Though we have visited a number of cheesemakers who cheddar their cheese (notably Bob Wills, Sid Cook, and David Metzig), we have not been around to witness it before this most recent trip to southeastern Wisconsin. Joe Widmer (of Widmer’s Cheese Cellars) was kind enough to let us tromp around his operation for hours as he and his team banged out some cheddar… the old-fashioned way.
It starts much the same as most cheese making: Add culture and rennet to pasteurized milk and allow it to set. Then the set curd is cut and the whey is drained off. This is the point when curds are usually placed into forms their own weight will press out remaining whey. But for cheddar, this is where the interesting part begins.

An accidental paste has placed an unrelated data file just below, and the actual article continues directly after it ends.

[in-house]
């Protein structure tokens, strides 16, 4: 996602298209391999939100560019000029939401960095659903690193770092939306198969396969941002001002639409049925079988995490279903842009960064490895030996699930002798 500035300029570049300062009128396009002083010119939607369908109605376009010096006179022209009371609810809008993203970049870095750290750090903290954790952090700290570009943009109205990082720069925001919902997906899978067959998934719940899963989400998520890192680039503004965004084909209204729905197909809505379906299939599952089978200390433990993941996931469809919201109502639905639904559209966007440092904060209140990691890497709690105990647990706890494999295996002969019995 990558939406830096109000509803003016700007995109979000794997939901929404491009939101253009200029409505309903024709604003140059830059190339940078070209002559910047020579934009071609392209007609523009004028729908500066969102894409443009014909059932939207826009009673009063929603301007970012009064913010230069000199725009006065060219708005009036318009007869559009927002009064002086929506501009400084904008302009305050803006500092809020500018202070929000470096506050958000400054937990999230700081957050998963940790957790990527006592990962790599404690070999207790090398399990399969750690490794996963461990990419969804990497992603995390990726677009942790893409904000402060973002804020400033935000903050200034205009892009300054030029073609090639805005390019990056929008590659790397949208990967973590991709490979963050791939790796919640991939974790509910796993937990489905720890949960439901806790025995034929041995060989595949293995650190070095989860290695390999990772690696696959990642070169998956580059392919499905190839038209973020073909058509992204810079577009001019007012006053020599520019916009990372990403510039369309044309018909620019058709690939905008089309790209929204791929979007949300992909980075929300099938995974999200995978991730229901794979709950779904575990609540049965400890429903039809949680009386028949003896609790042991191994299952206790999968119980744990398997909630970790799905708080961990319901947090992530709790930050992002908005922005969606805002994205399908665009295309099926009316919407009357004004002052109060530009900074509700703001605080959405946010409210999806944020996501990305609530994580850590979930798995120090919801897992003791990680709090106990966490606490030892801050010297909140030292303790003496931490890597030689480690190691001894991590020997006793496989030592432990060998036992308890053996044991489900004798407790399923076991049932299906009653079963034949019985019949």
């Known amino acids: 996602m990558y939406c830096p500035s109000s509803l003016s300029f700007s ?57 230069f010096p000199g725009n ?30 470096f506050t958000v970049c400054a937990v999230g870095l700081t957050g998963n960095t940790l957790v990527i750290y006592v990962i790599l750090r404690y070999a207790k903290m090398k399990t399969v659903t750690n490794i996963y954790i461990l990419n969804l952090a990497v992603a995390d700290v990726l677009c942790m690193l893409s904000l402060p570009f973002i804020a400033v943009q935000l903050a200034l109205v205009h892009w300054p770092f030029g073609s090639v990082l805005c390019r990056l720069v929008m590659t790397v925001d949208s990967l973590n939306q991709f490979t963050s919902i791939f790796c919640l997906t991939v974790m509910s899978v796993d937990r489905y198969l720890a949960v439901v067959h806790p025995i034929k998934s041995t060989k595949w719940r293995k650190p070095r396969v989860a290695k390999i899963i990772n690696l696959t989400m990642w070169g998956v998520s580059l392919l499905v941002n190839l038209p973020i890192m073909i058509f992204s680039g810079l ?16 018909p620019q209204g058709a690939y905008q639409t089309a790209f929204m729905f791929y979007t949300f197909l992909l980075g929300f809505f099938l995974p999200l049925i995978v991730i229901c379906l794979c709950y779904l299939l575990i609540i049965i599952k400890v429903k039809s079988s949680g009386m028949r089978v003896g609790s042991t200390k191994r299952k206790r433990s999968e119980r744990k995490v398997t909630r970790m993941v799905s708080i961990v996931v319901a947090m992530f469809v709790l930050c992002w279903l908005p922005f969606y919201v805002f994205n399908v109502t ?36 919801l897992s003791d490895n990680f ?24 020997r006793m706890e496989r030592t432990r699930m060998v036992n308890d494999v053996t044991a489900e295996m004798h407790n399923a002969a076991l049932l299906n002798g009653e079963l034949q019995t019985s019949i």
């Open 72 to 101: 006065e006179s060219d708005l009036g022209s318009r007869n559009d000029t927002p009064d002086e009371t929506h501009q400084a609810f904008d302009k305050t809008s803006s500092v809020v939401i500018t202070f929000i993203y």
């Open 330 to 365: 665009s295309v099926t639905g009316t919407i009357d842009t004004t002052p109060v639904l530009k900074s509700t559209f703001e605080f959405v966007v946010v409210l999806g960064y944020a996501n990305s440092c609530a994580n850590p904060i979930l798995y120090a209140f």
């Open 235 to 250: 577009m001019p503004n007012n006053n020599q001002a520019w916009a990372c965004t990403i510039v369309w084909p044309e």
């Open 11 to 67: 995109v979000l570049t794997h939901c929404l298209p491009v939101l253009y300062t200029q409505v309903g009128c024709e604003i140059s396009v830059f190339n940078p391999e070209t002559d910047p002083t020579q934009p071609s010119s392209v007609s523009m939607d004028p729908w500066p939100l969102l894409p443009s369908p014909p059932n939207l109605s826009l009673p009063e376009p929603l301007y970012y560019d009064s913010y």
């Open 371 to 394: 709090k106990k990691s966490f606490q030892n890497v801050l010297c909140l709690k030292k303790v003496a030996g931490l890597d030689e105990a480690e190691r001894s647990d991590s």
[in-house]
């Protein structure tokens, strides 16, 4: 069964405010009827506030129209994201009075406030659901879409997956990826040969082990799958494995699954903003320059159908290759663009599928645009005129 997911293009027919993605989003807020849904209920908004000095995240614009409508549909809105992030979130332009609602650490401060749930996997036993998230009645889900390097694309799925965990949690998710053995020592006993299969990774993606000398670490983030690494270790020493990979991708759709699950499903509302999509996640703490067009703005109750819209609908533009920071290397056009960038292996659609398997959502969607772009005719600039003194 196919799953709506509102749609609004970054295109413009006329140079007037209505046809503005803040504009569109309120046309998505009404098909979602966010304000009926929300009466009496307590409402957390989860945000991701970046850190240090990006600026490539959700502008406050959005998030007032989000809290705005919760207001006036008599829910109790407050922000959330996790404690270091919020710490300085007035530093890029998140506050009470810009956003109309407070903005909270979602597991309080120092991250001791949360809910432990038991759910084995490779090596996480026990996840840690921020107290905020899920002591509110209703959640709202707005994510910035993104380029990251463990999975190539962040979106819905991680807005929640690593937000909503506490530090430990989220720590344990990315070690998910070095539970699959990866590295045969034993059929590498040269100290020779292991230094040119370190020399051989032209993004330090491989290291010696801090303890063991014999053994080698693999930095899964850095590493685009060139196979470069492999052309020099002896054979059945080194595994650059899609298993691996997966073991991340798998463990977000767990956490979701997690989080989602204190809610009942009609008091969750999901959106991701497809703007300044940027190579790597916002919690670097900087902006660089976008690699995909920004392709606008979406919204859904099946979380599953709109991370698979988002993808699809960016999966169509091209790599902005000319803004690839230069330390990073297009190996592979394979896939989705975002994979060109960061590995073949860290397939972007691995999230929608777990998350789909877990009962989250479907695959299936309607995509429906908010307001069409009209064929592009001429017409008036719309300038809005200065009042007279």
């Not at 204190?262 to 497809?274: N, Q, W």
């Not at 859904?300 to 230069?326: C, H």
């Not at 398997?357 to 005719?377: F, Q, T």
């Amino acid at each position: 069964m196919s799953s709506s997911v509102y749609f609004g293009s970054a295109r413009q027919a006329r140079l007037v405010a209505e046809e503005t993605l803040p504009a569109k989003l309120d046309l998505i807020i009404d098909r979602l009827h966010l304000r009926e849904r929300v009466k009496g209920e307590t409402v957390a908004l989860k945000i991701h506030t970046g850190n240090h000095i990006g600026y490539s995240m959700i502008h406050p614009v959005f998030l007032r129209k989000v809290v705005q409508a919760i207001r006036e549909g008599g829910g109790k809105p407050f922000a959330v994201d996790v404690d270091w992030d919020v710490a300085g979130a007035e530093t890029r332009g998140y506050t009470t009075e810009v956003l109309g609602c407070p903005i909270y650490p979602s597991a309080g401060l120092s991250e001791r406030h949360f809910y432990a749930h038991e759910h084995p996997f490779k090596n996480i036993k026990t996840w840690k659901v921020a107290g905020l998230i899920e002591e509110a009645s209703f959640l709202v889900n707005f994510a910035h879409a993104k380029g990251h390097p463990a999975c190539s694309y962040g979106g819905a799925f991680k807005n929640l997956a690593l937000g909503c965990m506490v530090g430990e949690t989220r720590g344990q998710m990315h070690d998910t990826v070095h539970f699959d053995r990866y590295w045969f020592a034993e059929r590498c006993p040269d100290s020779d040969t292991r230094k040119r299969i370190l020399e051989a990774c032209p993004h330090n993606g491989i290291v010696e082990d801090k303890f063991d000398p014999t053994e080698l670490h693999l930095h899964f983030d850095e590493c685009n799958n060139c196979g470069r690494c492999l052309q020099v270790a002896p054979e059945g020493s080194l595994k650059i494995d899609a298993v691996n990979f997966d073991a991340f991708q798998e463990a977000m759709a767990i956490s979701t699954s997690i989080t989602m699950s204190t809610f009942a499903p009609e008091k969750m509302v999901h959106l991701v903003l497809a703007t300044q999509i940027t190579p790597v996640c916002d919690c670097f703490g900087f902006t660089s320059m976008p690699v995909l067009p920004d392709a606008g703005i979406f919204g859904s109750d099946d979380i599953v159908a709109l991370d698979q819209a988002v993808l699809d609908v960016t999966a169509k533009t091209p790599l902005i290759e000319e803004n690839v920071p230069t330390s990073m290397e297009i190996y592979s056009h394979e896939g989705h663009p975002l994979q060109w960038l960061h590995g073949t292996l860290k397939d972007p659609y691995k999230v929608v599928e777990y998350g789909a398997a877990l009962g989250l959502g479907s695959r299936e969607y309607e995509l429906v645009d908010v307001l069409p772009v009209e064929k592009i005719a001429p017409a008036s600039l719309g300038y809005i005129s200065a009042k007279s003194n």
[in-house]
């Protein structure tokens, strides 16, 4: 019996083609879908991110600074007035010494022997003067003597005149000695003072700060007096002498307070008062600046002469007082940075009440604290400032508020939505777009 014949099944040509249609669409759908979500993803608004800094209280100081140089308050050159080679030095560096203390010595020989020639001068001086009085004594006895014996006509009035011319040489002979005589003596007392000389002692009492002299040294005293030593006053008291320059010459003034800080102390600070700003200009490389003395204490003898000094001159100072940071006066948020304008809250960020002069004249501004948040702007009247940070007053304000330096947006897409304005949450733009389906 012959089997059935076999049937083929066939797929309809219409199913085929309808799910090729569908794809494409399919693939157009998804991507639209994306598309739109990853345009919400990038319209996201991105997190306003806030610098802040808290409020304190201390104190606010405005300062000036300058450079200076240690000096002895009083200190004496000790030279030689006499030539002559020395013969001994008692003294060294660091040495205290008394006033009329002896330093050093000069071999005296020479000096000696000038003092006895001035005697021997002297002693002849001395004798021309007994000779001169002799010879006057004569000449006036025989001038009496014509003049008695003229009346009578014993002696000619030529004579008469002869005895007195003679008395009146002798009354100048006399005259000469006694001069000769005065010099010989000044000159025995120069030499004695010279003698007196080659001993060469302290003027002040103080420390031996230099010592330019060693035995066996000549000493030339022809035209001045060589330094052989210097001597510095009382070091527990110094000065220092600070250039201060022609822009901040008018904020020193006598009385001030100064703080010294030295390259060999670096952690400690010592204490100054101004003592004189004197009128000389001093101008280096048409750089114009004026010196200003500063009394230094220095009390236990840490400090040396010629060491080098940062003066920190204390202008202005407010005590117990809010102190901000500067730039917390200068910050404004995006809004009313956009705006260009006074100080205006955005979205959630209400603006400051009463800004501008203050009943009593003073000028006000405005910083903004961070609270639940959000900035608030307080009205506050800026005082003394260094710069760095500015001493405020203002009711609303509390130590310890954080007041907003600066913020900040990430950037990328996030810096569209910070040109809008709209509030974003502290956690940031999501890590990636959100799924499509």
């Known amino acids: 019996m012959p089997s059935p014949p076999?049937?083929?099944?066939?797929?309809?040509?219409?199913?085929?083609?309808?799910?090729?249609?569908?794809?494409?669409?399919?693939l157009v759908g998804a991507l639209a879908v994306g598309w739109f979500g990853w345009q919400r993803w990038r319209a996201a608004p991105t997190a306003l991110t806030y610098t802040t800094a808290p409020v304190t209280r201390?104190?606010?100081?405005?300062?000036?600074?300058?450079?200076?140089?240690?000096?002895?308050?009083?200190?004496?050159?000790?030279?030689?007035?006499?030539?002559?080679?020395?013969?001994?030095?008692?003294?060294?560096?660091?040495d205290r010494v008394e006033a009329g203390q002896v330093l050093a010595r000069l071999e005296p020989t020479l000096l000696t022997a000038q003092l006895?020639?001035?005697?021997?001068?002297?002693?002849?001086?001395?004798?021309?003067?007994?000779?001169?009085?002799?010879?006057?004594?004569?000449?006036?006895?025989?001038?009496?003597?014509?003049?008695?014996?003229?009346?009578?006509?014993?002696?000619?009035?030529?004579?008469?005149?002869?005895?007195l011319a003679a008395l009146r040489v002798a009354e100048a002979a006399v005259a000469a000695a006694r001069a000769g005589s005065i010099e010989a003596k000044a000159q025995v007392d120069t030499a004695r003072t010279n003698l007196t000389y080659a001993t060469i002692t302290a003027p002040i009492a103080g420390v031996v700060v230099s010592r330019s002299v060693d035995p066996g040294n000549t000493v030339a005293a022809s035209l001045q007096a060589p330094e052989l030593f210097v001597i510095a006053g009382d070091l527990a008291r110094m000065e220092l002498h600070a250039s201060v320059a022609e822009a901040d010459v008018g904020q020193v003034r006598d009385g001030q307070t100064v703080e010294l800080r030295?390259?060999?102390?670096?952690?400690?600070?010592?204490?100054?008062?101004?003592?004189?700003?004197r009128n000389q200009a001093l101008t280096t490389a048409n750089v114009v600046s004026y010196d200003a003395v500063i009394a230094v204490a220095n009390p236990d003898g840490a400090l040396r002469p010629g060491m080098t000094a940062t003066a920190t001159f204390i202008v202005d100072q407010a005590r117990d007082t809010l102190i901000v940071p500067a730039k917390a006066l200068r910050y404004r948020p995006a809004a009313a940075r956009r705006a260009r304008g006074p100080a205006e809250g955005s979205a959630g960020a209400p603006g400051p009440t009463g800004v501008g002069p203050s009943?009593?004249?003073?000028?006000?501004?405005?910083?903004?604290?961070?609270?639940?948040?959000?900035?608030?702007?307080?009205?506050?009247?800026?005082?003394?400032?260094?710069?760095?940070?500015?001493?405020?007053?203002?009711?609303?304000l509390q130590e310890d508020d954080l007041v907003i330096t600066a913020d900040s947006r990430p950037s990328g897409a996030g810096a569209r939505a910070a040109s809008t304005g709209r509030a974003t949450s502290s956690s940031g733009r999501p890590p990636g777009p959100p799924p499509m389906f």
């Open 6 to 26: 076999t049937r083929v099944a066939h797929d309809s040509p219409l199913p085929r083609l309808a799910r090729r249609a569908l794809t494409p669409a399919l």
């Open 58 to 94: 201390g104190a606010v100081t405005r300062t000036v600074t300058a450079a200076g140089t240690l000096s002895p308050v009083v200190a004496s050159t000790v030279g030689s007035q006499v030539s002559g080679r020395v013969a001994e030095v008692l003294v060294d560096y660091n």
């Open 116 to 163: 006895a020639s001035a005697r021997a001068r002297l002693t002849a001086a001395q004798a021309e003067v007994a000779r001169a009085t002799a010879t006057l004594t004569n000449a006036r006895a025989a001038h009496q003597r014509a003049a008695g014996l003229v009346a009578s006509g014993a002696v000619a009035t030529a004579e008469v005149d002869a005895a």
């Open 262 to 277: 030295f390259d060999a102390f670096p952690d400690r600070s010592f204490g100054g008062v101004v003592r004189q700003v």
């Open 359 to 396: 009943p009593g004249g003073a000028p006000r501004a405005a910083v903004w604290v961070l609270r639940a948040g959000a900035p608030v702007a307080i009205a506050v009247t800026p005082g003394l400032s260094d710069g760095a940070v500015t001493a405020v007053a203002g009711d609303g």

Water is added to the curd and heated under constant stirring. The cuds are heated to around 100 degrees, which helps the curds start to melt together a little.
The water is then drained off and the curds are pushed together to drain off even more water and whey.
At this point, the curds are starting to knit together, and resemble “Floam,” a modern spin on the Play-Doh concept.
After the warmed curd has a little time to sit, it is cut into loaves and stacked up to press out more liquid.
It is then flipped over multiple times until the layers are each a thick mass.
At this point, they are cut into smaller pieces and put through a mill like a wood chipper to make them into small curds again.
This is when they are “cheese curds” like true Wisconsinites know and love — a little dry, squeaky, and flavorful.
The curds are then put into molds to further drain and age. A lot of work, most definitely — but the process helps make for a mellower, less sour cheese as it ages.